The tremendous advances in drilling and completion technology now allows us to routinely produce oil with economic rates from tight reservoir rocks that make up this resource play. Speaking to you as a geologist now, this is not a shale play. We're not drilling the shale layers themselves. We're actually drilling and producing from conventional reservoir rocks, both in the middle Bakken and at Three Forks, that have very low porosity and permeability, and that have been charged from those adjacent Bakken shale layers. What is unconventional is the technology required to extract the oil.
Through advanced horizontal drilling and fracture stimulation technology, we are enhancing the natural fractures in these tight conventional reservoir rocks by packing them with sand under hydraulic pressure to obtain commercial flow rates of oil and natural gas. This technology, once considered to be unconventional, has certainly become conventional, not only in the Bakken Play, but in resource plays throughout the United States.
Thus far, the industry has drilled and completed about 4,000 horizontal wells in the Bakken, and there are 170-plus rigs drilling more than 2,000 new wells in this field this year. The Bakken Play has rapidly become a conventional play with increasingly predictable well results. The entire scope of the Bakken, all 15,000 square miles of it, is now considered by the industry to be viable for development.
The Anadarko Woodford isn't as far along as the Bakken of course, but frankly, its repeatability is starting to feel very similar. Drilling times are coming down, well results are strong and the economics are solid, even at today's natural gas prices, because of the richness of the gas and liquids in it. Especially with the recent increase in natural gas prices, the economics are excellent.
Together, Continental's acreage in the Bakken and the Oklahoma Woodford represent a multi-decade growth platform for our company. We have the platform in hand for tripling our production in the proved reserves from year-end 2009 to year-end 2014 and for decades of rapid growth after that. Our job today at the company is simply to execute the plan and deliver the results. We're on track, we're focused and we're excited for the rest of the year to keep performing at a high level.
As I said earlier, I'll be pleased in the next few earnings calls to start on the same note. No surprises, it just keeps getting better and better. I want to thank all the team members here at Continental who continue to drive the needle doubles [ph], both in and on the ice. And thanks to all of you who have invested in us, for your continued support.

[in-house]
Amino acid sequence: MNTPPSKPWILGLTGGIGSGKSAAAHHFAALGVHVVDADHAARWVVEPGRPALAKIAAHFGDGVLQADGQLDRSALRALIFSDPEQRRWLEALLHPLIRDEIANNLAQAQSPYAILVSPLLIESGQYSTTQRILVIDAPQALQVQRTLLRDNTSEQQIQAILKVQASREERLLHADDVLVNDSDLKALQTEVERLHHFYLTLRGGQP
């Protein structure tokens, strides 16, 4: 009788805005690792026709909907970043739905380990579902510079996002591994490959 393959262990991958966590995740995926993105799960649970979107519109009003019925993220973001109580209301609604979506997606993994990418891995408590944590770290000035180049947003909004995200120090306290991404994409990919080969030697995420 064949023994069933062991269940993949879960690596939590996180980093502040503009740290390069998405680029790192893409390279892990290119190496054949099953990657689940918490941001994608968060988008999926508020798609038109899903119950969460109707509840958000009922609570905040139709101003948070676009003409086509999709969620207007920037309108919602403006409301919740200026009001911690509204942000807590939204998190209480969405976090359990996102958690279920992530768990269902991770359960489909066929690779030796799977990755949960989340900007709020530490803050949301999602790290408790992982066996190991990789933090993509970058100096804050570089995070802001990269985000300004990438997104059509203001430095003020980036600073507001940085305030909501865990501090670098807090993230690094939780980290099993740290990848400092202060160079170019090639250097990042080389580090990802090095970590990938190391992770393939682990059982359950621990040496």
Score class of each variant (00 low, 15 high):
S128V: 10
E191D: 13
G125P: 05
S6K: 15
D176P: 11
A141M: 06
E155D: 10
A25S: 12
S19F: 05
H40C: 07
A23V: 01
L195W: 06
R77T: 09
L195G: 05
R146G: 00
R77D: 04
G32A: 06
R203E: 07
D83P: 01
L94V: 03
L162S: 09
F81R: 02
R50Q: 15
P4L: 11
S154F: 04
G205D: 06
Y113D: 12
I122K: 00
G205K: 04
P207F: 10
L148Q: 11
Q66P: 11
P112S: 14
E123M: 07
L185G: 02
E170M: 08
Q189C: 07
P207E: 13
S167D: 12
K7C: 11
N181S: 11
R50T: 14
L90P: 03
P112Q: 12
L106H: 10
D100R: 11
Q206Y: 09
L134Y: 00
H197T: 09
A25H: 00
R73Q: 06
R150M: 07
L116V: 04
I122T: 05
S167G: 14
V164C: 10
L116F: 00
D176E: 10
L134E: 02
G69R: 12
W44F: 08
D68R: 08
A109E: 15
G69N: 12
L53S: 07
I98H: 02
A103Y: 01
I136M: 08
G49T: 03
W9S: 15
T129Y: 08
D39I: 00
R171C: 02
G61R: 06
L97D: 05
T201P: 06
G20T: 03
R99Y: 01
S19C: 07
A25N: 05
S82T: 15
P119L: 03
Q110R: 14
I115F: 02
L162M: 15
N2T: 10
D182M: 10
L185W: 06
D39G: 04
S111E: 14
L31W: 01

So with that, I'll turn over to our President, Jeff Hume.
Thanks, Harold. Instead of my usual review of past quarter highlights, I'd like to note this morning some of the changes and key themes that we expect to carry us through the remainder of the year.
We're on track with CapEx. The first quarter's CapEx investment of $413 million was in line with our budget of $1.75 billion for the year. Along with our growing EBITDAX, we have plenty of liquidity to carry us into 2012. We're running a total of 37 operated rigs, with 24 in the Bakken and 10 in the Oklahoma Woodford. In the Anadarko Woodford, we've begun to phase in heavier rigs, several at 2,500-horsepower, to enable us to reduce drilling times and in preparation for drilling the longer, 9,000-foot laterals under the new cross-unit spacing law passed by the Oklahoma legislature.
We're on track with our production growth, as we said. We have substantial backlog, currently with 63 wells drilling or awaiting completion in the Bakken. In just the next 2 weeks, we expect to bring 13 new North Dakota Bakken wells online. In the next 30 days, we expect to bring 8 new Anadarko wells online. Another important factor in the Bakken is the start-up of new gathering facilities that I mentioned on our fourth quarter call in February. Hiland Partners plans to commence operations of its 30 million cubic feet per day plant on May 15.
On the crude oil side, we are filling the pipes right now on a gathering system that will enable us to pipe oil directly out of the Norse prospect which will reduce transportation costs and free trucks to serve newly drilled wells. Especially because of the timing of ECO-Pad projects, we expect that our production growth trend through the remainder of 2011 will be lumpy. We currently have 3 ECO-Pads that have been fracked and will come online within the next few weeks.
The rate of production growth will vary from month to month, but we are on target and expect to achieve 2011 production growth in the range of 35% to 37% over 2010. We do not plan to add more than a couple of additional drilling rigs by year end to get this accomplished. We're about where we need to be, including the distribution of rigs between the Bakken and the Oklahoma Woodford. The key now is to regain some of the efficiencies lost during the period when we ramped from 12 operator rigs in January of 2010 to 37 rigs today. We continue to see upward pressure on cost and our outside operators' wells are running at a somewhat higher rate than we had planned.